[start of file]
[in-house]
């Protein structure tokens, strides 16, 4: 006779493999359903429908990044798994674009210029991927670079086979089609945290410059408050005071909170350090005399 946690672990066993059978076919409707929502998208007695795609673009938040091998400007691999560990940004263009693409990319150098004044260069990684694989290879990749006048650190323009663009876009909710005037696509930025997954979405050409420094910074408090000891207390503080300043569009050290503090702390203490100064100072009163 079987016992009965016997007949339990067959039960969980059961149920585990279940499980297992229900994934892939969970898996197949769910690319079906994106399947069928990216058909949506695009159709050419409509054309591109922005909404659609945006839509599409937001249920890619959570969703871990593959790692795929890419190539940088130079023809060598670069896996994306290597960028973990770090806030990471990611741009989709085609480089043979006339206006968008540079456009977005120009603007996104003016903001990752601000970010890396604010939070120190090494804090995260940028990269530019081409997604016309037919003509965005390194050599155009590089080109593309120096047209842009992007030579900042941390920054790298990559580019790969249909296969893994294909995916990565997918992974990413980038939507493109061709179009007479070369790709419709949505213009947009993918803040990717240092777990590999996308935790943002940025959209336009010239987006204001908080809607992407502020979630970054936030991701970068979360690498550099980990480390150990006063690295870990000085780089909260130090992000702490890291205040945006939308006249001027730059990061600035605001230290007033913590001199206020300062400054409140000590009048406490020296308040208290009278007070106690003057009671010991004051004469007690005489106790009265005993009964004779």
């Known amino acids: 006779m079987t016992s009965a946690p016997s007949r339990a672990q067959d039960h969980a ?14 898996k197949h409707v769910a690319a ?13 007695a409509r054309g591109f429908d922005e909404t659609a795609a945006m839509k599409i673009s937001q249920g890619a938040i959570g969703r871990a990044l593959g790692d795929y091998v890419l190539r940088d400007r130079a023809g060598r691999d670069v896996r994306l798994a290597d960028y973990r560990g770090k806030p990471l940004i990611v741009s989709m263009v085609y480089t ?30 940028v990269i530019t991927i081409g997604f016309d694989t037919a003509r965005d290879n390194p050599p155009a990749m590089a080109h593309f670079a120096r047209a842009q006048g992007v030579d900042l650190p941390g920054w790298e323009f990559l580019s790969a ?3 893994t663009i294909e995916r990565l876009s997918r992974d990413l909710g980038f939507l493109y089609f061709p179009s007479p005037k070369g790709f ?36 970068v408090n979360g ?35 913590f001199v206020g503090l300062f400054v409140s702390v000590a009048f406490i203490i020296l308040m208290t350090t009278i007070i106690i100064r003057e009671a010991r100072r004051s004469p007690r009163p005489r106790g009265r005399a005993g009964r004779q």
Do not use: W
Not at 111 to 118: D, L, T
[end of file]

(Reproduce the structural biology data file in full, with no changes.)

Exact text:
[in-house]
């Protein structure tokens, strides 16, 4: 006779493999359903429908990044798994674009210029991927670079086979089609945290410059408050005071909170350090005399 946690672990066993059978076919409707929502998208007695795609673009938040091998400007691999560990940004263009693409990319150098004044260069990684694989290879990749006048650190323009663009876009909710005037696509930025997954979405050409420094910074408090000891207390503080300043569009050290503090702390203490100064100072009163 079987016992009965016997007949339990067959039960969980059961149920585990279940499980297992229900994934892939969970898996197949769910690319079906994106399947069928990216058909949506695009159709050419409509054309591109922005909404659609945006839509599409937001249920890619959570969703871990593959790692795929890419190539940088130079023809060598670069896996994306290597960028973990770090806030990471990611741009989709085609480089043979006339206006968008540079456009977005120009603007996104003016903001990752601000970010890396604010939070120190090494804090995260940028990269530019081409997604016309037919003509965005390194050599155009590089080109593309120096047209842009992007030579900042941390920054790298990559580019790969249909296969893994294909995916990565997918992974990413980038939507493109061709179009007479070369790709419709949505213009947009993918803040990717240092777990590999996308935790943002940025959209336009010239987006204001908080809607992407502020979630970054936030991701970068979360690498550099980990480390150990006063690295870990000085780089909260130090992000702490890291205040945006939308006249001027730059990061600035605001230290007033913590001199206020300062400054409140000590009048406490020296308040208290009278007070106690003057009671010991004051004469007690005489106790009265005993009964004779």
């Known amino acids: 006779m079987t016992s009965a946690p016997s007949r339990a672990q067959d039960h969980a ?14 898996k197949h409707v769910a690319a ?13 007695a409509r054309g591109f429908d922005e909404t659609a795609a945006m839509k599409i673009s937001q249920g890619a938040i959570g969703r871990a990044l593959g790692d795929y091998v890419l190539r940088d400007r130079a023809g060598r691999d670069v896996r994306l798994a290597d960028y973990r560990g770090k806030p990471l940004i990611v741009s989709m263009v085609y480089t ?30 940028v990269i530019t991927i081409g997604f016309d694989t037919a003509r965005d290879n390194p050599p155009a990749m590089a080109h593309f670079a120096r047209a842009q006048g992007v030579d900042l650190p941390g920054w790298e323009f990559l580019s790969a ?3 893994t663009i294909e995916r990565l876009s997918r992974d990413l909710g980038f939507l493109y089609f061709p179009s007479p005037k070369g790709f ?36 970068v408090n979360g ?35 913590f001199v206020g503090l300062f400054v409140s702390v000590a009048f406490i203490i020296l308040m208290t350090t009278i007070i106690i100064r003057e009671a010991r100072r004051s004469p007690r009163p005489r106790g009265r005399a005993g009964r004779q």
Do not use: W
Not at 111 to 118: D, L, T